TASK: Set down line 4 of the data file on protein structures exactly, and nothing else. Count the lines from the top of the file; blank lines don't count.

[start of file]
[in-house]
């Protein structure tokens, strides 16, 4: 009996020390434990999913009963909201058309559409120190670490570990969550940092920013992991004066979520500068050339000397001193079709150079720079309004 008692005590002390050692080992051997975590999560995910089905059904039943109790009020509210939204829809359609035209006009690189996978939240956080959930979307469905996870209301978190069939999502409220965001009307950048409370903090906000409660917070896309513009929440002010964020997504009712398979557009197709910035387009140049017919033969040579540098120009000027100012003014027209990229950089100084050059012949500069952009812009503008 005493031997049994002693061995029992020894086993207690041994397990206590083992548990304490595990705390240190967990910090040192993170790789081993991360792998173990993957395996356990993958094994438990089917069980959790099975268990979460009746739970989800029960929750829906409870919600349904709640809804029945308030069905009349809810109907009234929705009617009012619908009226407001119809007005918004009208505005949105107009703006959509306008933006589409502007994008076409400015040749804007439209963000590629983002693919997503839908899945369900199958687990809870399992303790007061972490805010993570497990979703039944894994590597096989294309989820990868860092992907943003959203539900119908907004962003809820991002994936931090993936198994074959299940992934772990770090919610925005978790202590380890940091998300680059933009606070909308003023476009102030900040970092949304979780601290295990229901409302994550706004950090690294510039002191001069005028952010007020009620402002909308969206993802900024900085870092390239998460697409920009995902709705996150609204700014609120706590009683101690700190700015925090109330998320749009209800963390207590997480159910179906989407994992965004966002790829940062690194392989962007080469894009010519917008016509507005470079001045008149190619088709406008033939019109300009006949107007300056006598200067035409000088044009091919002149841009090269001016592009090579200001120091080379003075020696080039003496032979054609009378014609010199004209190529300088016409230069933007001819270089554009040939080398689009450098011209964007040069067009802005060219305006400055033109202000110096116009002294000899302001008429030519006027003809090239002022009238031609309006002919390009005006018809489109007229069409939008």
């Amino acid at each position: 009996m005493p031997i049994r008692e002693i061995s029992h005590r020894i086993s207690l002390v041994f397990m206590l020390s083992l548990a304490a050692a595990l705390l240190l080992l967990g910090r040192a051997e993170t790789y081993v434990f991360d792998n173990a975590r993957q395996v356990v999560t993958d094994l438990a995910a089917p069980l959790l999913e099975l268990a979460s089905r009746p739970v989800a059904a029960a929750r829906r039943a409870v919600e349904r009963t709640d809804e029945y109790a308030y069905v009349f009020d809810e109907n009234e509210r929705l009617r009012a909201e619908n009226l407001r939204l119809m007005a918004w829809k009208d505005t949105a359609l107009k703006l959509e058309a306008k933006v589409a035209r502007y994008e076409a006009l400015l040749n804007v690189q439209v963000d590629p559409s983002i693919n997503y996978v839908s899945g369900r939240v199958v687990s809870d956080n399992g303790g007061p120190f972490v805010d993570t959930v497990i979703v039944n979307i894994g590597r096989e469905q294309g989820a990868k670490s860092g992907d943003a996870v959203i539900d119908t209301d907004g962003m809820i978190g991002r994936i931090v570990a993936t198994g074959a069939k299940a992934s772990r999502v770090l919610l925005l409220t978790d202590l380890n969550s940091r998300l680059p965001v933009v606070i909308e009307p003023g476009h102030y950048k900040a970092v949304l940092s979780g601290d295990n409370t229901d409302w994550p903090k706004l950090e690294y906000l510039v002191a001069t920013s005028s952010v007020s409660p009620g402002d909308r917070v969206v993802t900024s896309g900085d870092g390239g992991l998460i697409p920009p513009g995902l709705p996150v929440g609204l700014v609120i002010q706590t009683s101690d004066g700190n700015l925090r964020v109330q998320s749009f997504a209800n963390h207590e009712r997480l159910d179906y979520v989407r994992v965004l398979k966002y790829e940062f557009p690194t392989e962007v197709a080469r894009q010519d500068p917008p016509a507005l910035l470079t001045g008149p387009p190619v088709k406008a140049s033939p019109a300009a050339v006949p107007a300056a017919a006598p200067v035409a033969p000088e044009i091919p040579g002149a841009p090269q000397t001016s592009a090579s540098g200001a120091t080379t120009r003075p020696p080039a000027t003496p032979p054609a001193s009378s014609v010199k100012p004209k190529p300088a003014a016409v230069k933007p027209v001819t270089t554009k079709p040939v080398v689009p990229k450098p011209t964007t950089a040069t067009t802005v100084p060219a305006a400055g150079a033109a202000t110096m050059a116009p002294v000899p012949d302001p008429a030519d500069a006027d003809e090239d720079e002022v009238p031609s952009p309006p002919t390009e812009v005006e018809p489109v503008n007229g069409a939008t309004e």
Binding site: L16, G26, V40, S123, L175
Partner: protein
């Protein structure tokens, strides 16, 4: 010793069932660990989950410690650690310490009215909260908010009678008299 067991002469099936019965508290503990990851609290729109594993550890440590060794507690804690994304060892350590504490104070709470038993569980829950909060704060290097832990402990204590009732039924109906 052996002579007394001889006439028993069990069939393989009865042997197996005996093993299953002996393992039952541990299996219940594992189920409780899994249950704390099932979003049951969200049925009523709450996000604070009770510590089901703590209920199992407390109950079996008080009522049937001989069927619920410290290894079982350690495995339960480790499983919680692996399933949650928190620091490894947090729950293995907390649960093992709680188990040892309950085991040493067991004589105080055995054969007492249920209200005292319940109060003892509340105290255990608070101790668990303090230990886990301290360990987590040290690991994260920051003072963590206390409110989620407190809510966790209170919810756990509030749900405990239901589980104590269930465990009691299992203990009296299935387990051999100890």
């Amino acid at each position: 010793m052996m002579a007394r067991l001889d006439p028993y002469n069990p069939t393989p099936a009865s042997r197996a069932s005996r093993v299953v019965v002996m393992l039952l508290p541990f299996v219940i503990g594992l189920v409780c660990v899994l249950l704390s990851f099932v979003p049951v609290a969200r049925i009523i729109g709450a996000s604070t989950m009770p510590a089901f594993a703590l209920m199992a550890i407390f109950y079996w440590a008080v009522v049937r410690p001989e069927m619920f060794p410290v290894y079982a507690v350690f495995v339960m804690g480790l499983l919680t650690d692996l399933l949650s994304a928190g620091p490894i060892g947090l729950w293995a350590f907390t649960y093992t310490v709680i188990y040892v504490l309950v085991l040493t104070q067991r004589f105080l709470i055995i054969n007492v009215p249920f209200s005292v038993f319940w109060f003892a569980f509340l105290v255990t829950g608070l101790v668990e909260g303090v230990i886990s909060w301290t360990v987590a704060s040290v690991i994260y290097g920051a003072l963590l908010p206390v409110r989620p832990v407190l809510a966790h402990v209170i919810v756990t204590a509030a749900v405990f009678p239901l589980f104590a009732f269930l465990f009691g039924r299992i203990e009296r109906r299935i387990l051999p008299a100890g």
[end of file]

Binding site: L16, G26, V40, S123, L175